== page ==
“I was so wrapped up in my boyfriend,” she says, adding that he would accompany her to meet friends. “It can be a little annoying to have friends like that, and I didn’t want to be that friend. I wanted to be a good friend, not just a friend who focused on her relationship.”

She also had a history of being stuck in unsatisfying relationships.

Since becoming sober, she has learned to set boundaries and decentralize the men and dating in her life.

“I feel very comfortable not talking to guys, being in a relationship, looking for a relationship and not looking for male approval,” she says.

How does this differ from voluntary celibacy?

For Johnson, becoming sober was a “fun version of celibacy” because it involved all the same things as celibacy, but “in an exciting way.”

Francis says the language we use actually has a deeper meaning and reflects the communal aspect that makes boys’ sobriety so appealing to young women.

While celibacy is based on abstinence, sobriety is about having a “clear head.”

“The language is very much about reclaiming that energy for yourself,” she says. “You can still be a sexual or sensual being, even if you’re no longer seeking or trying to get attention from your partners.”

“Boysober” also moves away from the historical context of celibacy, which Francis said was often linked to “chastity, external powers, and proving or earning something.”

What is voluntary celibacy? The Sexual Power of Saying “No”

Changing How Single Feels

Pickell says women are redefining what it means to be single.

“(Being single) is not something to be ashamed of. It doesn’t mean there’s any lack, but it’s a choice based on power,” she says. “By going boyober, women are actively pushing men out of their lives and instead of trying to please them, they’re taking a step back.”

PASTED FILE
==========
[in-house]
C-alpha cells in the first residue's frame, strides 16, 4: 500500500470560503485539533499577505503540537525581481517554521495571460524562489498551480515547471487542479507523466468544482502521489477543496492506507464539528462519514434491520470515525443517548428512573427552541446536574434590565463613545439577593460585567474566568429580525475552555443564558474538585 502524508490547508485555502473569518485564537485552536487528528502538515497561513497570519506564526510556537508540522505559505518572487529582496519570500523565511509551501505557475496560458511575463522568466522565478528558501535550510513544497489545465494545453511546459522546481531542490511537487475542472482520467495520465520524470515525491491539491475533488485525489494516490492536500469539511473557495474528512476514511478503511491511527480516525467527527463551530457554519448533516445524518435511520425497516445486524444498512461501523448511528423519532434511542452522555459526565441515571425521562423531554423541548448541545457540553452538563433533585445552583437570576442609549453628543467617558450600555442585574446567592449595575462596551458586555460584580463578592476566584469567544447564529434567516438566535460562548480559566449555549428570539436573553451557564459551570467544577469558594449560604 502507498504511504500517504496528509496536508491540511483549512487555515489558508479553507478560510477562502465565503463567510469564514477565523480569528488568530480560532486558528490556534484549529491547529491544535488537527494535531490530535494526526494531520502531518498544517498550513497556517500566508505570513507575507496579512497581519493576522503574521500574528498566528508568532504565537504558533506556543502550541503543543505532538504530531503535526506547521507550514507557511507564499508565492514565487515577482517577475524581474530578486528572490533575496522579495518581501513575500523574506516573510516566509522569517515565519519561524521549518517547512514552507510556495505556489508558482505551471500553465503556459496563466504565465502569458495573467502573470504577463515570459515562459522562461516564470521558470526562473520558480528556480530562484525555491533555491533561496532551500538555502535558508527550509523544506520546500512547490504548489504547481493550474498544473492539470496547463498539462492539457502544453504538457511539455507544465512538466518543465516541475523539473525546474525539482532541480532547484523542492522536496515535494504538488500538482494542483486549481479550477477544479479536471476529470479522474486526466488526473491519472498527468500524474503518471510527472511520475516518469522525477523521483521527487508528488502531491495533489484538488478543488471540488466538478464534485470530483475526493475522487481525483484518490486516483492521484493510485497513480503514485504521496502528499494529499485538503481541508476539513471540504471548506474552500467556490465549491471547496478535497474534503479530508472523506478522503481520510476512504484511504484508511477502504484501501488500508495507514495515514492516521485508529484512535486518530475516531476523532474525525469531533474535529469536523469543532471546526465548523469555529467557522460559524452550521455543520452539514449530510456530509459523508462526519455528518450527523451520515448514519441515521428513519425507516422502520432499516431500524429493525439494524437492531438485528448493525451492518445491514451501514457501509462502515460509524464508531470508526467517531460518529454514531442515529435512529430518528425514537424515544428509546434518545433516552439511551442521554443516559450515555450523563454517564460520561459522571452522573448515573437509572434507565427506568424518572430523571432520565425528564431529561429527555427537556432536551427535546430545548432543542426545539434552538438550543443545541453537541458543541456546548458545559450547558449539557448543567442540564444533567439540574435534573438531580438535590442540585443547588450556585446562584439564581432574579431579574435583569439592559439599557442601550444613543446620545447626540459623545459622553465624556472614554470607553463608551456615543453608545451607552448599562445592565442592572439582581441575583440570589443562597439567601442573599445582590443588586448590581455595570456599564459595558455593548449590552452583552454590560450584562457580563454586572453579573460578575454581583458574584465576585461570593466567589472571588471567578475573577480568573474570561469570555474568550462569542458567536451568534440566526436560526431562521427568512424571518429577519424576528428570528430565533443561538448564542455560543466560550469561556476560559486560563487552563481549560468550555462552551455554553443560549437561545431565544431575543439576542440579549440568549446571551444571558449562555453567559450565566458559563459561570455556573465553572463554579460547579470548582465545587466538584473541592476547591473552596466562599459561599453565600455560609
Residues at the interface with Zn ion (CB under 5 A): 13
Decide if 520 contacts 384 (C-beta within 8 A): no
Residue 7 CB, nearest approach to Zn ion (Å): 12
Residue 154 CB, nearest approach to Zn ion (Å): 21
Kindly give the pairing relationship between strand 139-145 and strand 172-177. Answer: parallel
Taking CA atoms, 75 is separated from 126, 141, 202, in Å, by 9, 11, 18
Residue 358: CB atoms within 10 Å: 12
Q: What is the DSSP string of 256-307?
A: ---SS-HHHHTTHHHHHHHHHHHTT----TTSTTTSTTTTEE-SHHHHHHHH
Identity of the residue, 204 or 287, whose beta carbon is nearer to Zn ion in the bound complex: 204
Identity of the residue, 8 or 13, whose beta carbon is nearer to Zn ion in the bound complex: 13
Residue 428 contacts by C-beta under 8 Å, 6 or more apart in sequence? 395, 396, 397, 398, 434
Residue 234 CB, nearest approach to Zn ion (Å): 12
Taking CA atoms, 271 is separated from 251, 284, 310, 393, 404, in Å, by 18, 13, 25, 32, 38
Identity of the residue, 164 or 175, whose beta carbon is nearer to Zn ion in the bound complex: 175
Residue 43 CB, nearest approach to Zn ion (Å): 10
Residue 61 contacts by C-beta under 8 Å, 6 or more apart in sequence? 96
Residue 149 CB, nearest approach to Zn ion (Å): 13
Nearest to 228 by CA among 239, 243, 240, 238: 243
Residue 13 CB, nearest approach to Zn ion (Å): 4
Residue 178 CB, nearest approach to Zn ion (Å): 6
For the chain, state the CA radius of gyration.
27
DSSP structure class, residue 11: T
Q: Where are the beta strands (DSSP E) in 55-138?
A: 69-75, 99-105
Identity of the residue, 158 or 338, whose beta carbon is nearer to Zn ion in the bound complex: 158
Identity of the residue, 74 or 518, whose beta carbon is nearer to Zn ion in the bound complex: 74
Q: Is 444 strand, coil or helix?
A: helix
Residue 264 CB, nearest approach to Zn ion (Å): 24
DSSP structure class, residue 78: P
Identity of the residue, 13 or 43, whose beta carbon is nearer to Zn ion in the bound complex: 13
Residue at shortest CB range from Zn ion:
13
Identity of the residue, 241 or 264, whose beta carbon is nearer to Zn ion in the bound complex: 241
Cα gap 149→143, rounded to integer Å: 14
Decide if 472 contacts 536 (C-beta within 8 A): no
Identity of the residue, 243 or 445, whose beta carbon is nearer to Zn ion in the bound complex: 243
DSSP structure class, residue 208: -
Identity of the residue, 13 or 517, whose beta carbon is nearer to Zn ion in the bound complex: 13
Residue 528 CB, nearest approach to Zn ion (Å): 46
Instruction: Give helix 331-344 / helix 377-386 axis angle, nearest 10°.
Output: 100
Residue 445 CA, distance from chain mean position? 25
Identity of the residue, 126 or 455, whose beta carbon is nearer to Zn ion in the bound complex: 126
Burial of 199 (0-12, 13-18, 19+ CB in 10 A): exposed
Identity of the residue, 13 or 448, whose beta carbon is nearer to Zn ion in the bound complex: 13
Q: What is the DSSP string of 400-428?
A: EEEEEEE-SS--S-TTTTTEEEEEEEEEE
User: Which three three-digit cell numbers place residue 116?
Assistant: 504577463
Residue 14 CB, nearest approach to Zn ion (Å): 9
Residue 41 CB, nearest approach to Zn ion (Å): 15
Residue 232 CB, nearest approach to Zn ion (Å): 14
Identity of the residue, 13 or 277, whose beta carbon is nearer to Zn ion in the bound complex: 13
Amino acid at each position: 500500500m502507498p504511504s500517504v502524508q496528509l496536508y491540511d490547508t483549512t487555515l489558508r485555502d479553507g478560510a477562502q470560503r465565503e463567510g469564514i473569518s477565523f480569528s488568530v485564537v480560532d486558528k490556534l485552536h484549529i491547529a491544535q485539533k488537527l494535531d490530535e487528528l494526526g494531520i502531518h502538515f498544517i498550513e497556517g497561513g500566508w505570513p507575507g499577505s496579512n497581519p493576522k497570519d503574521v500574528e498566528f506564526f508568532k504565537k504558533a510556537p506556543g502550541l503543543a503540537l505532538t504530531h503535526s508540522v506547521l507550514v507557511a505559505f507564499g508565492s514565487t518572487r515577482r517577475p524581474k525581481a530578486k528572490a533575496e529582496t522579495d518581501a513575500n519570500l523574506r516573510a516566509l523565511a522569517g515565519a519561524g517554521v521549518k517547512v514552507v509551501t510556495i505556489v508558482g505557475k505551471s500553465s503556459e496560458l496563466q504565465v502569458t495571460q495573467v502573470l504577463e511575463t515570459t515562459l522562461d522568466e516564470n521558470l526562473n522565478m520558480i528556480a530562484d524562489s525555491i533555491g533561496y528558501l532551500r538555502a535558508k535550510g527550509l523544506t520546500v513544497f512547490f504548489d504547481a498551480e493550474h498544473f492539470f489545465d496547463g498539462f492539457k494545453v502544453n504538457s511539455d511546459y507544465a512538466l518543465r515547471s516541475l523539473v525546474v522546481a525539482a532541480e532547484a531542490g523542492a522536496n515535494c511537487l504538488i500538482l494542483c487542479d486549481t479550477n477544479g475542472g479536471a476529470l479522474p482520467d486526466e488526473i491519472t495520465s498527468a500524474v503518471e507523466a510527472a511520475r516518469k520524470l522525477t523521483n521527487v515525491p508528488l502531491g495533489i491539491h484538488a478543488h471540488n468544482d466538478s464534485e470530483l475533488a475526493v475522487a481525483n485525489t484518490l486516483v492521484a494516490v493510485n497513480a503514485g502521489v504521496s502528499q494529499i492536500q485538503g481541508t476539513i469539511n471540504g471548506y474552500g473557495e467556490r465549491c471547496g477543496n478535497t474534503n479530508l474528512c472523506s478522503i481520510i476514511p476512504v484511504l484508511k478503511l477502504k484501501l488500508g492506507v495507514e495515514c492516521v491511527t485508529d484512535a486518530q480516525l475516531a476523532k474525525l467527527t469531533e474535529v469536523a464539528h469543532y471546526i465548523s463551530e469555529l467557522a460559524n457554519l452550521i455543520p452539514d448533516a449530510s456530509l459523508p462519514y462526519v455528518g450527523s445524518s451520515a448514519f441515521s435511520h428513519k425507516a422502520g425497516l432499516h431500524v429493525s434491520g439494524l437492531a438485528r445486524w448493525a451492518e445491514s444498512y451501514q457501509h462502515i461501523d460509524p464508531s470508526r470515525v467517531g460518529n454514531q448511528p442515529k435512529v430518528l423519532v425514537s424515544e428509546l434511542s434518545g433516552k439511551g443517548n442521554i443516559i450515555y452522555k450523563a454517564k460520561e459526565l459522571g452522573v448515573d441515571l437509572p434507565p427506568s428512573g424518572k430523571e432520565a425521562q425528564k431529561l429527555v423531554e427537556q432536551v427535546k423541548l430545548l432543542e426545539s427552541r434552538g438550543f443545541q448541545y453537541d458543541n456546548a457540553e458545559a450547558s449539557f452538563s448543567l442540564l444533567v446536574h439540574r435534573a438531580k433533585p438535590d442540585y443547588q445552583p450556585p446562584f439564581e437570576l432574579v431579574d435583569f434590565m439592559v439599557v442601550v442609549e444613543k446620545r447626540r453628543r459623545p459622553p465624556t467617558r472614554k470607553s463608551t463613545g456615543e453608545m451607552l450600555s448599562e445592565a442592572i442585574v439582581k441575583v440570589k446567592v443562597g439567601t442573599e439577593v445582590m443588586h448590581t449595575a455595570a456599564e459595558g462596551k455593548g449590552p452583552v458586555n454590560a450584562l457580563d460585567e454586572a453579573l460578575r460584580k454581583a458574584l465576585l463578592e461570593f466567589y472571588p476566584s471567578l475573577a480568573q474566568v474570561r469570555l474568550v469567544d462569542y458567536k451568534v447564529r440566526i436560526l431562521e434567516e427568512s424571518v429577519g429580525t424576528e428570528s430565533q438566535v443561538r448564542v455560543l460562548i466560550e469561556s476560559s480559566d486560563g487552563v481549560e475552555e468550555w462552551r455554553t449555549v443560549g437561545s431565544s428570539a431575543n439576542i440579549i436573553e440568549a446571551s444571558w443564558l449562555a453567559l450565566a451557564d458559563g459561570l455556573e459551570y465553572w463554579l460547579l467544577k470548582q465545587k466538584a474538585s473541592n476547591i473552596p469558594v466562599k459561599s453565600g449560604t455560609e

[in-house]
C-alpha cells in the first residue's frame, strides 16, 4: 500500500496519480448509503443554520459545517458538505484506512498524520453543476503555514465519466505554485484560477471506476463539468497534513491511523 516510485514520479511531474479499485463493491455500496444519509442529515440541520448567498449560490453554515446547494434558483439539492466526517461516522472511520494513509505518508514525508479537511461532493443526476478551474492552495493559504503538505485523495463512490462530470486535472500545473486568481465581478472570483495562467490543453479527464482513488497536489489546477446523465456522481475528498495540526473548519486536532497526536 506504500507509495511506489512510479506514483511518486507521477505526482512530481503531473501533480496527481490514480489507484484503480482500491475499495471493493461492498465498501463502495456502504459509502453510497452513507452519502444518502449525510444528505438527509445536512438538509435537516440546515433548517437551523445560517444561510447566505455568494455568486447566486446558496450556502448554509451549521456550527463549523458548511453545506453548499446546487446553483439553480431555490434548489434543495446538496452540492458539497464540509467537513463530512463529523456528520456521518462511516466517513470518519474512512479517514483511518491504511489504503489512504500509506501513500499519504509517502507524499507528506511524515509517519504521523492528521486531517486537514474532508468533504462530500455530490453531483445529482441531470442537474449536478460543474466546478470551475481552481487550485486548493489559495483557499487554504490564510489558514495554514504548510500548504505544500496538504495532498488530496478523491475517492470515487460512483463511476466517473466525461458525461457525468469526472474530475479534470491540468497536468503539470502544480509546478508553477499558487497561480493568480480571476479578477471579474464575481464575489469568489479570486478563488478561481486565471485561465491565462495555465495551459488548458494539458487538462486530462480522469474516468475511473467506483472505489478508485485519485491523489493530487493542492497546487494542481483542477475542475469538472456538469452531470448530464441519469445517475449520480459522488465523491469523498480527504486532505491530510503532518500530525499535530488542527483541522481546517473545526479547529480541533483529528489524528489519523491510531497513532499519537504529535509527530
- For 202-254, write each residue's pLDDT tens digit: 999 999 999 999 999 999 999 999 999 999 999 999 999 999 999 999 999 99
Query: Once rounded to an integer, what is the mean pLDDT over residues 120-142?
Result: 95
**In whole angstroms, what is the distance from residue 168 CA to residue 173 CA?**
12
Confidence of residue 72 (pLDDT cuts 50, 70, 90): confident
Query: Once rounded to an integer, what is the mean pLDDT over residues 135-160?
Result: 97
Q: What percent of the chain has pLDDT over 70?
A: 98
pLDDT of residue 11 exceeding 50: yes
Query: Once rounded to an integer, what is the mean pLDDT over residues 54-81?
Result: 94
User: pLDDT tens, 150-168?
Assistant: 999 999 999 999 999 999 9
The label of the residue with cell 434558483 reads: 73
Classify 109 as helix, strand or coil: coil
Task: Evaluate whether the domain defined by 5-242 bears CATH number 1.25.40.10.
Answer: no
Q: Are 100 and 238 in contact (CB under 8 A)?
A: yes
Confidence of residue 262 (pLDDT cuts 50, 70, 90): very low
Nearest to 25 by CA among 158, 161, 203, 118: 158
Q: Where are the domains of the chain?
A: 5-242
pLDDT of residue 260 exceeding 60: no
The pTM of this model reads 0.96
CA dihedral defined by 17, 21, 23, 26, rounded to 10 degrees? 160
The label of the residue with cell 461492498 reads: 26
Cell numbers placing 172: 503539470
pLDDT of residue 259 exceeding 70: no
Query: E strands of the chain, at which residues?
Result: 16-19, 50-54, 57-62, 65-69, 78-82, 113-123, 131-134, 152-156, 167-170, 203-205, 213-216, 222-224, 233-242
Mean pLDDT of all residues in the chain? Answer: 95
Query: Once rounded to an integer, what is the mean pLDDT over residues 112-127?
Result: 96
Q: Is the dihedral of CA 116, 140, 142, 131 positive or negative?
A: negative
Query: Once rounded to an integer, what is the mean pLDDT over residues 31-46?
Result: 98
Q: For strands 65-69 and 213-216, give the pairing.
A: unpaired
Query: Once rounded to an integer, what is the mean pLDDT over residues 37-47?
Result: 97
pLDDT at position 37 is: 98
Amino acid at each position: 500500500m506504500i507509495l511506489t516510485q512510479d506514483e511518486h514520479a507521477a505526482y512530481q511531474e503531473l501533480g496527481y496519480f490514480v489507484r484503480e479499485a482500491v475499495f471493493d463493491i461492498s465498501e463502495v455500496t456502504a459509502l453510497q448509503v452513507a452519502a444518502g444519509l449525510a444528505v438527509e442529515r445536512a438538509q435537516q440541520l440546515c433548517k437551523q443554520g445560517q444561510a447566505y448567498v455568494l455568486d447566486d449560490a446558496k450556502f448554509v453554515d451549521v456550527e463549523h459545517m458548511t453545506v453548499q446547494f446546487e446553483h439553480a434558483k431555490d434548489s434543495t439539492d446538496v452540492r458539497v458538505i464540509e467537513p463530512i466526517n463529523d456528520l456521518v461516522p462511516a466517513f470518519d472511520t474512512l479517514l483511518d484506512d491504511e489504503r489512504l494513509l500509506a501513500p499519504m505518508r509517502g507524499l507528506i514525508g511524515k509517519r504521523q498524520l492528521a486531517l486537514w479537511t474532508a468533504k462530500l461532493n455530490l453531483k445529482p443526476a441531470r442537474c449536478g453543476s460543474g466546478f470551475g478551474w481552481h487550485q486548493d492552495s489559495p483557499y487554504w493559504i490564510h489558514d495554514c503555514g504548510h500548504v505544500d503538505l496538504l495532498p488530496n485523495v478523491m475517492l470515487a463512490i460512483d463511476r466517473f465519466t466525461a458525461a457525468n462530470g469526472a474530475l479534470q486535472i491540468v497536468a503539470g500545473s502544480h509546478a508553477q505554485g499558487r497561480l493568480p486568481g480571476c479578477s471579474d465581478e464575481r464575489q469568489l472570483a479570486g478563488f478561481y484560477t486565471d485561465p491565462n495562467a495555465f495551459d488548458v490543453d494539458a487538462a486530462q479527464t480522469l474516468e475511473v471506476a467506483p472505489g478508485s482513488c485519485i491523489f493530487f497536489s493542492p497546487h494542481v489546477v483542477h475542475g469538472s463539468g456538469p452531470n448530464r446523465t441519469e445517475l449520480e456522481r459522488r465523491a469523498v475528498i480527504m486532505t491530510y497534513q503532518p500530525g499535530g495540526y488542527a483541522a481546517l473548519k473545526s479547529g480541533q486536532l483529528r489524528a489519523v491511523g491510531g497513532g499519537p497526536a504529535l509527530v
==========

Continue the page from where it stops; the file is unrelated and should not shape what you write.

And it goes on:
Through this intentional break, some of Pickell’s clients realized they were homosexual and were able to begin to explore their sexuality.

“We can get so caught up in the game of compulsory heterosexuality that we don’t necessarily realize or consider the idea of ​​dating people other than men,” she says.

Does the “boyssober” trend have a future?

Pickell and Francis say that like most trends, sobriety among boys will come and go because most people ultimately still want romantic relationships.

Johnson has set a goal to stay sober through the summer, and while she plans to continue that plan, she says she’ll be open to dating after that if she meets the right person.

“I really care about building a strong and meaningful bond and friendship with the person I choose to be close to in the future,” she says.

By becoming sober, she became more aware of what she expected from a future partner and feels more confident about entering into more satisfying relationships in the future.

Even if it’s just temporary, Johnson recommends anyone struggling with their need for acceptance stop being a boyfriend and “put that energy back into yourself.”

Pickell and Francis are also on board.

“When (young women) almost inevitably go back out into the world and look for dating and relationships,” Francis says, “they can have clearer boundaries and stand up for what they want out of a partnership, and feel less overwhelmed or caught up in the drama of it all.”